In the drinks world, there’s nothing quite so varied and versatile as rum. Drunk on its own, in punches, with Coke and ginger, or mixed up in cocktails from Daiquiris to Piña Coladas, the range of flavours and what you can do with it is massive. But there’s a big problem that’s been looming under the surface of the rum world for years, and it’s started to rear its ugly head as rum has begun to boom in popularity and drinkers have started looking at it more closely – how do you classify and describe rum?
A rainbow of colours
The standard way of dividing up the world of rum is colour – white, gold and dark. At first it seems like a good idea and a simple way of distinguishing styles of rum, but with a little bit of examination, it quickly falls apart.
White rums are sometimes aged in oak casks and then filtered to remove colour. Some dark rums are unaged and then coloured to be dark. How dark does a gold rum need to be before it’s a dark rum rather than a gold rum? And, most importantly, does the colour tell you anything about the taste? Not really…
Painting the town reddy brown
For example, let’s take a couple of rums from opposite ends of the colour spectrum: Doorly’s 3 Year Old and Gosling’s Black Seal – the former is perfectly clear and almost entirely uncoloured, the latter is almost opaque with a deep red tone.
Put on a blindfold and try them, and you probably won’t be able to guess which one is the dark rum and which one the white – the Doorly’s is aged in oak and the filtered through charcoal to strip out the colour whereas the Gosling’s is a blend of rums, with a focus on young and unaged rums, that is then dosed with caramel colouring to make it dark.
All that glitters…
Even in the world of golden rums, there’s a huge range of flavour. If you compare Havana Club Añejo and Trois Rivières VSOP, both darker golden rums, you’ll find little similarity in their character – the former is a light and zesty Cuban rum, whereas the latter is well-aged Martinique Agricole made from sugar-cane juice rather than the more common molasses.
Molasses usually gives a more traditionally sugary rum flavour, whereas sugar-cane juice gives big grassy flavours – something you can’t tell just by looking at the colour of the rum in each of the bottles.
A spoonful of sugar
Another factor in rum making that impacts the flavour of the final spirit is dosage – the addition of sugar and other flavourings to rums.
Rum regulations vary wildly from country to country, and they’re not always respected when rum from one country ends up being bottled in another. Some allow sugar and other flavourings to be added, some do not, but you will very rarely find any details of what has been added on the label – without a solid knowledge of the byzantine web of worldwide rum regulations, its hard to know exactly what you are getting.
Variety is the spice of life
…and then there are spiced and flavoured rums. Traditionally, spiced rums are flavoured with, as the name suggests, spices, but dividing them up from other flavoured rums – everything from banana to caramel, coconut and watermelon – can be hard.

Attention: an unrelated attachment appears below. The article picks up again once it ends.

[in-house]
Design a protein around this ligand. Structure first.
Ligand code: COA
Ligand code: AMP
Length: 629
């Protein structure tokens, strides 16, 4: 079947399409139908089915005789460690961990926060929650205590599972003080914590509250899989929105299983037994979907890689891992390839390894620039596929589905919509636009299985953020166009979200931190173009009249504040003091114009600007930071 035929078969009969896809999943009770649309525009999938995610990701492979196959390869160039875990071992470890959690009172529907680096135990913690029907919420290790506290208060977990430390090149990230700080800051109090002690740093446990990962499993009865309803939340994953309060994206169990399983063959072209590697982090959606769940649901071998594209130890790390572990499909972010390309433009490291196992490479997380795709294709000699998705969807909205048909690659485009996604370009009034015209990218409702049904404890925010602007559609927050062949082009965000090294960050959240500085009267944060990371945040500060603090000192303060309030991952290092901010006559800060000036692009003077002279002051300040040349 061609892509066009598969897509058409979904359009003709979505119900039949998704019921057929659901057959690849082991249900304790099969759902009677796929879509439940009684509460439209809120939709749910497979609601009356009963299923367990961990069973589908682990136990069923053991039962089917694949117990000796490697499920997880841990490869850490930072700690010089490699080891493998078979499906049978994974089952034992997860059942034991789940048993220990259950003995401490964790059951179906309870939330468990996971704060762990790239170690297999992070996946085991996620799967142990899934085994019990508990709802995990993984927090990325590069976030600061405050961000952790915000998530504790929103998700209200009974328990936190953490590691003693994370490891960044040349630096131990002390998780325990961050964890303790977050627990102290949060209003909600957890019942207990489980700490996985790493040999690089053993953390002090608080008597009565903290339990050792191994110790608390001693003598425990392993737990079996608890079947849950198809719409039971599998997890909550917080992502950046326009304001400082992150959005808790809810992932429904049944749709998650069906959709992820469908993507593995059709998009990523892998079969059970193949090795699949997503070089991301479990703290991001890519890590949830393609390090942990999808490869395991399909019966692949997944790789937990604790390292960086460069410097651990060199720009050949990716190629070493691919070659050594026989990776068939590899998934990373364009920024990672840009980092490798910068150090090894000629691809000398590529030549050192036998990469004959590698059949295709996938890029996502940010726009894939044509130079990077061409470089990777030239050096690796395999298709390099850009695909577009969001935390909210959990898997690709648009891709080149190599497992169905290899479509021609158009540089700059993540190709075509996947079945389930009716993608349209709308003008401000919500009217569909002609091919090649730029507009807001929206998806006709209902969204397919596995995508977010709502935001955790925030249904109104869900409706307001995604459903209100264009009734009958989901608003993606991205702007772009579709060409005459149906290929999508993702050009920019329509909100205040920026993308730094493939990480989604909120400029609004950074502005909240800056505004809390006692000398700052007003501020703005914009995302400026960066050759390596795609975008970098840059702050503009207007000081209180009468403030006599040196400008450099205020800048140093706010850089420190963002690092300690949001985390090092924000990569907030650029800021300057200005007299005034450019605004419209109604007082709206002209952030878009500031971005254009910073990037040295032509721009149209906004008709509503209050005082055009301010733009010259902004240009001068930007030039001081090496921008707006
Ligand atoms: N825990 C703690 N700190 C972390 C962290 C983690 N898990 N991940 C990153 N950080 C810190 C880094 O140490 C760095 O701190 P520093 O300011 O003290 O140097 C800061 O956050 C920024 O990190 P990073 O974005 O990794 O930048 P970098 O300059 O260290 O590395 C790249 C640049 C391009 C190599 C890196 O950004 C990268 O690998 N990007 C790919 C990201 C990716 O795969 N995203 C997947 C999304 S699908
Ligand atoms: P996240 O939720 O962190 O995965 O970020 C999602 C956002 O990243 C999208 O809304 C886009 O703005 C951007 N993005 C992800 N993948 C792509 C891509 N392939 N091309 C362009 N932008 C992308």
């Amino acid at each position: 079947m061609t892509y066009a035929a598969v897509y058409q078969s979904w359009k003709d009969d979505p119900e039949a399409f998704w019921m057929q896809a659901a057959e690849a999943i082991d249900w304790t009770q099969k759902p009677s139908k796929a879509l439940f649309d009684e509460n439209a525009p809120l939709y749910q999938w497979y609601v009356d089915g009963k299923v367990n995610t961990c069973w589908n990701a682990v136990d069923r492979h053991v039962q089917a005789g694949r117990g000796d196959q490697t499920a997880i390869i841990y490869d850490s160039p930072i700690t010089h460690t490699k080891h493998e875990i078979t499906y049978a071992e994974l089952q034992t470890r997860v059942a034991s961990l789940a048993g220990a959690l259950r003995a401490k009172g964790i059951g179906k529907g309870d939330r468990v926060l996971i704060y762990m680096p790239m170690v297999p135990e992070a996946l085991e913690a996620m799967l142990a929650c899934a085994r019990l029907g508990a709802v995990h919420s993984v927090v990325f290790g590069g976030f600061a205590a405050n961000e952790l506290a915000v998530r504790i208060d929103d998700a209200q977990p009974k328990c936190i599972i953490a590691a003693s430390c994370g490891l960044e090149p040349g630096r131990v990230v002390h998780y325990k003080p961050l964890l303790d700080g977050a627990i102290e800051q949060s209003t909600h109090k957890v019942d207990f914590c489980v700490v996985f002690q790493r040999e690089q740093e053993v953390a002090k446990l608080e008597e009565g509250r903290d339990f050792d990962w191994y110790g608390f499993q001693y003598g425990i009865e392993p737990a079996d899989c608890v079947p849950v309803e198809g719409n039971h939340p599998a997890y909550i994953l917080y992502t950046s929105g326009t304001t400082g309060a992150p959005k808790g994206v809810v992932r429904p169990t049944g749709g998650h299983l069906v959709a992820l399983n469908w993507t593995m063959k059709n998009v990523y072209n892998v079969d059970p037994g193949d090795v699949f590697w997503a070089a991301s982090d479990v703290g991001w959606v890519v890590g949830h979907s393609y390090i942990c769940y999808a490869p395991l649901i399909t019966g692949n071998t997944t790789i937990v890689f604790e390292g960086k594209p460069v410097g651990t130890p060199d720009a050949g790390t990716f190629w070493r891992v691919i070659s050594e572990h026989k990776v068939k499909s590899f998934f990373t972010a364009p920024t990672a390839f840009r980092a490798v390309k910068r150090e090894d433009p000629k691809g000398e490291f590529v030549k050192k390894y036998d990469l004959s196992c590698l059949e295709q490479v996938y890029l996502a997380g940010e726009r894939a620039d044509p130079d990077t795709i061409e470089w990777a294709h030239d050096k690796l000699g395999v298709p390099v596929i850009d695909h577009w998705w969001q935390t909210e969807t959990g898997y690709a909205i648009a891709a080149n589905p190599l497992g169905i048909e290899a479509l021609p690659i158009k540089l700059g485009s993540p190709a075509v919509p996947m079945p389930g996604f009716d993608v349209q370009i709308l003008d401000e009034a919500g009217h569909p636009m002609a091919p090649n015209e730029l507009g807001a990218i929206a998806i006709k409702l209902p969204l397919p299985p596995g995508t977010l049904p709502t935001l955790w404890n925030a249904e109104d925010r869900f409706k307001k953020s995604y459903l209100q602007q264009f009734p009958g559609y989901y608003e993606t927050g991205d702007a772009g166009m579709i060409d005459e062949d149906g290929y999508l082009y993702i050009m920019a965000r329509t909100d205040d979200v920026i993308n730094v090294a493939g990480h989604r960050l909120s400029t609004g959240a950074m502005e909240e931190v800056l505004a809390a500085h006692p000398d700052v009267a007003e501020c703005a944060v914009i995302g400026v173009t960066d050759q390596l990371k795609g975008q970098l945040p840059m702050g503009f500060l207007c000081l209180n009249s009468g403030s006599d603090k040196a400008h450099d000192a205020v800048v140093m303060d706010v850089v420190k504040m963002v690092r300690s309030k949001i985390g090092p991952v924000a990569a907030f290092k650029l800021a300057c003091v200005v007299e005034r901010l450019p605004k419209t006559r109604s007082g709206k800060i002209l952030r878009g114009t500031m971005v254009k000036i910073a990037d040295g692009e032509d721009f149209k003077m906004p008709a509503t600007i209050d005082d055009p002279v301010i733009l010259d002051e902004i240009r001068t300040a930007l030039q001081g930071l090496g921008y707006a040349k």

When you throw rums with dosage into the mix, where producers might add citrus or other fruity flavours as well as spice and sweetness, again there’s little or no indication on the label as to what style and character of spirit you will be getting.
Towards a new classification
Over the years, many people have tried to come up with ways of classifying rum. Almost every drinks industry professional I’ve mentioned rum to remembers discussions where they tried to come up with one, but little has come of it.
More recently, Luca Gargano of Velier and Richard Seale of Foursquare have put together their own classification – The Gargano Classification – which focuses on how rums are produced. It’s picked up some traction in the rum geek community, but is quite technical and hasn’t stretched much further outside.
WIth the appreciation of rum growing and an increasing number of questions about it coming in from our customers, we’ve decided to throw our hat in the ring and create a new classification system for rum that we believe solves some of the problems above.
The Whisky Exchange Rum Classification
For more than a year, our buyer – Dawn Davies MW – has immersed herself in the world of rum. Working with rum producers and bottlers to understand how they see their rums and classify them, she has built on the work that’s already been done – including that done by Richard Seale and Luca Gargano on the Gargano Classification – to produce a new classification system and other ways of looking at rum.
Our focus in putting this all together has been to add information that will help you dig into the world of rum, rather than remove the tools you already use. You’ll be able to search for rum in the way that you usually do, but from there find more information and new ways to find the rums that are right for you.
We’ve broken the classification and various other bits of information into three pieces: a technical classification, flavour camps, and ‘more information’.
The Technical Classification